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Top Proliferation Expert Questions State Dept. Claims on Iran Fuel

Thursday, June 11, 2015 10:12
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A leading nuclear weapons proliferation expert is questioning the Obama administration’s claim that Iran can meet its enriched nuclear fuel limit required under the Joint Plan of Action (JPA), saying the administration may have to allow a weaker standard that could threaten its requirement that Iran have at least a one-year breakout time to a nuclear weapon.

David Albright, founder of the non-governmental Institute for Science and International Security, is a former Iraq nuclear weapons inspector who is known for showcasing holes in the Bush administration’s contention that Iraq was close to developing nuclear weapons.

The dispute over Iran’s supply of nuclear fuel erupted June 1 when the New York Times revealed that Iran’s continuing enrichment of uranium has led it to be 20 percent above the level it was 18 months ago, when the JPA was struck. At the time, the administration claimed it had succeeded in “freezing” Iran’s program.

The State Department noted last week in response to the uproar over the piece that Iran’s levels of enriched uranium were permitted to fluctuate and would be back at the JPA “freeze” level by June 30.

But Albright, in a June 5 paper with coauthor Serena Kelleher-Vergantini, expressed skepticism and argued that State has not explained how Iran will overcome stumbling blocks that have prevented it from converting its potentially weapons-capable fuel –  3.5 percent LEU hexafluoride – into enriched uranium oxide, which could not be used in weapons and would be deployed for making nuclear power reactor fuel instead.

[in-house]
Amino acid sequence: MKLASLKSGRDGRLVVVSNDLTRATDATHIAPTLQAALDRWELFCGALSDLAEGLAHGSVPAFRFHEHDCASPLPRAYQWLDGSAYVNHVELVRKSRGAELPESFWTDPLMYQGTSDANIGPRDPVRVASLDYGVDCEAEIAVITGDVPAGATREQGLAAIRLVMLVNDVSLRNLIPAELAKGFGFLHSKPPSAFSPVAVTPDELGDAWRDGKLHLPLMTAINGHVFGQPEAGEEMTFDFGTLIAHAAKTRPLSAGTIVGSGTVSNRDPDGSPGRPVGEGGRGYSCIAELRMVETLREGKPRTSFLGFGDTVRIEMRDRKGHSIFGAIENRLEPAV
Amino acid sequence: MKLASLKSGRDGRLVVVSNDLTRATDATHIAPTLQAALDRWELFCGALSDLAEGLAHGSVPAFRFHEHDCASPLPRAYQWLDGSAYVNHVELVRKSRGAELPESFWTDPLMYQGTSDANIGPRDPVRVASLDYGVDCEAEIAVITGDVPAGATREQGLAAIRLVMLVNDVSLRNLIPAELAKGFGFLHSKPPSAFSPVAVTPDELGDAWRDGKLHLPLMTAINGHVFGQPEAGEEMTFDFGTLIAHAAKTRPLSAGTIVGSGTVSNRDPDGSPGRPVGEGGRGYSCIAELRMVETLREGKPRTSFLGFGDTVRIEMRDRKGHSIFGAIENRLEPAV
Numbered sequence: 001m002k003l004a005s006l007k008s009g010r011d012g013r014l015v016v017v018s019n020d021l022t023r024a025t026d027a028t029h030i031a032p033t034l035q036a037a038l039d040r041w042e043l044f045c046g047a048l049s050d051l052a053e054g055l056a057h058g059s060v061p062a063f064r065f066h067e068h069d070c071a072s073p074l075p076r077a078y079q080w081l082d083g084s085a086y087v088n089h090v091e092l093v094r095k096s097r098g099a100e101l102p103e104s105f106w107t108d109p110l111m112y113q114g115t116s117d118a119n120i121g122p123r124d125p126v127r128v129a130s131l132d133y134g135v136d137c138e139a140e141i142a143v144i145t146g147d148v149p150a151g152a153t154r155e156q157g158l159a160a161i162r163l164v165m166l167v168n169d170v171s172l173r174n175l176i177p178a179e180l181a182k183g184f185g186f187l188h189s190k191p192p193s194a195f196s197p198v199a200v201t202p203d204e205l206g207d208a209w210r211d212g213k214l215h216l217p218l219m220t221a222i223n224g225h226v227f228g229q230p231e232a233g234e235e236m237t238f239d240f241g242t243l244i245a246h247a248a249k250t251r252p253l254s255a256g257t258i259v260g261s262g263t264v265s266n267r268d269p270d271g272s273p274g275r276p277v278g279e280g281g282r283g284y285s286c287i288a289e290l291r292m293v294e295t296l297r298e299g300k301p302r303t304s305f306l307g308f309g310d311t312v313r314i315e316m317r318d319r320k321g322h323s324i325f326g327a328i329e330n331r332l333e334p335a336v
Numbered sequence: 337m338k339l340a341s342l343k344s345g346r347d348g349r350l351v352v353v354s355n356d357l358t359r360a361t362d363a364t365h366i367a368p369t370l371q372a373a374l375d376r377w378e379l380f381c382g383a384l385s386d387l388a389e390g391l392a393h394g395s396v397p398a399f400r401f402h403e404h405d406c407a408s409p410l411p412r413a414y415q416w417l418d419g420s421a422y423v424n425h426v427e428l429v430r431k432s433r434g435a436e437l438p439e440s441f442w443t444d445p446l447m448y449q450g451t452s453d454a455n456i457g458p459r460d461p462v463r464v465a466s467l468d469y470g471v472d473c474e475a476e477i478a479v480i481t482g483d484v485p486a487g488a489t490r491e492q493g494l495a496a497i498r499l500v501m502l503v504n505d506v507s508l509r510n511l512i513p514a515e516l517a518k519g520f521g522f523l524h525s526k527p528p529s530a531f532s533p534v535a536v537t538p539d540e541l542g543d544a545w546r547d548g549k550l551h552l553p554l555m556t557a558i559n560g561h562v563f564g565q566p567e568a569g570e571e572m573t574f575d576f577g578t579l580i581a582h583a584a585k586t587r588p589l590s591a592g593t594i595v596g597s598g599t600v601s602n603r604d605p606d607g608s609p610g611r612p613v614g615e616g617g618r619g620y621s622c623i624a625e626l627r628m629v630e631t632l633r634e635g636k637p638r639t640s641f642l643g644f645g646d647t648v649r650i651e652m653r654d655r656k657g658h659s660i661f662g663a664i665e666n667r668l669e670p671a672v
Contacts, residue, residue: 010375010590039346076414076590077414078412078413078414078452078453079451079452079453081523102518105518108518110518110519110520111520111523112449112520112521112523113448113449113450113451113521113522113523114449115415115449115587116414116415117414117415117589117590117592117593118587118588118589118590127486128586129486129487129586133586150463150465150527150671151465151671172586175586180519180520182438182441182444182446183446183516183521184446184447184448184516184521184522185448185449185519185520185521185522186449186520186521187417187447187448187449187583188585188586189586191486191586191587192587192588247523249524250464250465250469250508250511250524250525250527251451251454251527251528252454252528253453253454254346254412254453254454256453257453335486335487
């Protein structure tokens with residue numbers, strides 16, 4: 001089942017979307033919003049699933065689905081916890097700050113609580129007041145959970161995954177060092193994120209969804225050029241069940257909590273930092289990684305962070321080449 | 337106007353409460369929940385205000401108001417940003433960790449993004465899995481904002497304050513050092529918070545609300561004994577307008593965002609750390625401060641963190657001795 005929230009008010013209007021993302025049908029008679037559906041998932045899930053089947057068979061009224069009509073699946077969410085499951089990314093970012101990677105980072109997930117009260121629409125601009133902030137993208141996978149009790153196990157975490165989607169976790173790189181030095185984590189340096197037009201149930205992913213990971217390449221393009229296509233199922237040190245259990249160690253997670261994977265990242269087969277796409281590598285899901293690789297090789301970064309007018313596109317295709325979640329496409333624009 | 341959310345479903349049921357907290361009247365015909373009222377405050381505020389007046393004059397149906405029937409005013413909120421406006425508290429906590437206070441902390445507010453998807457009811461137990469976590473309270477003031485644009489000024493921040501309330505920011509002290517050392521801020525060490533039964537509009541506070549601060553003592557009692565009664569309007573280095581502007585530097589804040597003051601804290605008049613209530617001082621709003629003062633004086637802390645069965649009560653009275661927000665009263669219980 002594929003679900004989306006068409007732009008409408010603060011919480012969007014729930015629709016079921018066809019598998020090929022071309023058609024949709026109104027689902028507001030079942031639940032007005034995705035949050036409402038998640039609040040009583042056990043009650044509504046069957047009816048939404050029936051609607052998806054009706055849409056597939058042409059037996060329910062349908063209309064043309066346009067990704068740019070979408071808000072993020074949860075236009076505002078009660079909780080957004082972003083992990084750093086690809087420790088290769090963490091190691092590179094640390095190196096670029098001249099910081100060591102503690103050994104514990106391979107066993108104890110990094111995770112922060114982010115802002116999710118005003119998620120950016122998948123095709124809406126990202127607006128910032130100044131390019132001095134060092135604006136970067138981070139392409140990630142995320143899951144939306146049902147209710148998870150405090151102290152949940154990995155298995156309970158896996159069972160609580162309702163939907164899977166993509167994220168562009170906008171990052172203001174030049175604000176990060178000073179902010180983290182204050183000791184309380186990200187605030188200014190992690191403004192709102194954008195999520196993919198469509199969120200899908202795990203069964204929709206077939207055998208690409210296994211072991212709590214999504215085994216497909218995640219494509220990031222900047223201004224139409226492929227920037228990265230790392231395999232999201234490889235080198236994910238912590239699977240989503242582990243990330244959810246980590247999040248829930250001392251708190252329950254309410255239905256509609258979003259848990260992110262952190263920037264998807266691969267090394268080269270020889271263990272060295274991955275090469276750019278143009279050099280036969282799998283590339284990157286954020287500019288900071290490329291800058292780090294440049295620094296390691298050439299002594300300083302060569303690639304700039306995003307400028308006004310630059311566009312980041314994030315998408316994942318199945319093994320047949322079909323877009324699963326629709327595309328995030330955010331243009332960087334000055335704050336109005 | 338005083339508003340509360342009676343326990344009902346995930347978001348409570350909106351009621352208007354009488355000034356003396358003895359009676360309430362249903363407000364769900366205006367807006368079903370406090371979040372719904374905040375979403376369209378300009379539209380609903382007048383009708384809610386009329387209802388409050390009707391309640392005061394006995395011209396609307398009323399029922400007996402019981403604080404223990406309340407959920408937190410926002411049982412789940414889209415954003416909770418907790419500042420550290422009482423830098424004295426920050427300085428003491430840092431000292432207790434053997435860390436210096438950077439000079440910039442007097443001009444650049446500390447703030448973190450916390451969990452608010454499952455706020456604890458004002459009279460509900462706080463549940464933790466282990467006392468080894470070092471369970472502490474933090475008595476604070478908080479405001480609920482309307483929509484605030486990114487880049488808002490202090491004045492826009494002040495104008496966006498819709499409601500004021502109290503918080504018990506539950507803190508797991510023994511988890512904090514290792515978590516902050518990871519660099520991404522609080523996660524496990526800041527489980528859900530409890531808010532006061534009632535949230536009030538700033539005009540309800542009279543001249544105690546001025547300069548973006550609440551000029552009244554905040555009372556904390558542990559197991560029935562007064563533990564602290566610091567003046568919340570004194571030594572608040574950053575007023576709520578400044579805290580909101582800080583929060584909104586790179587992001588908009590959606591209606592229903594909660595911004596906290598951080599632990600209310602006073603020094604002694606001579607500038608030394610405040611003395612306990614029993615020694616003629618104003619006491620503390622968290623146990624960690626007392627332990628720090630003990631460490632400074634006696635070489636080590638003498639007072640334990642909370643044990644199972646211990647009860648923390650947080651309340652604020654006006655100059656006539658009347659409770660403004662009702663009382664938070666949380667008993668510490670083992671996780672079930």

The problem is that Iran has had technical problems making the conversion – it claims “sabotage,” but that’s questionable – and so has converted only a sliver of what it was it supposed to. Albright does not appear to see how it can convert the remaining fuel so quickly.

Some of the 3.5 percent LEU hexafluoride is in the conversion plant but in an intermediate state – not yet oxidized into the less dangerous uranium oxide, as required under the JPA. So, according to Albright, the administration appears primed to allow Iran to meet a weaker standard – basically that of a partially converted fuel. This, he says, carries risks and would “threaten the U.S. requirement that Iran would need at least 12 months to breakout and produce enough weapon-grade uranium for a bomb.”

Albright adds:

It is effectively ignoring a potential violation. In this case, the potential violation refers to Iran not producing the enriched uranium oxide at the end of the initial six month period of the JPA and again after its first extension. The choosing of a weaker condition that must be met cannot be a good precedent for interpreting more important provisions in a final deal. Moreover, it tends to confirm the views of critics that future violations of a long term deal will be downplayed for the sake of generating or maintaining support for the deal.

The State Department, Albright writes, “has some explaining to do.”

No doubt, the administration will insist that “peace in our time” should not be sacrificed because of a “minor technicality,” which Iran will soon fix. And then, with the sanctions fully off, Iranian violations will continue to be ignored until the ayatollahs test their very first nuclear weapon.

At which point – to throw another scientific term out there for you – we’re screwed.


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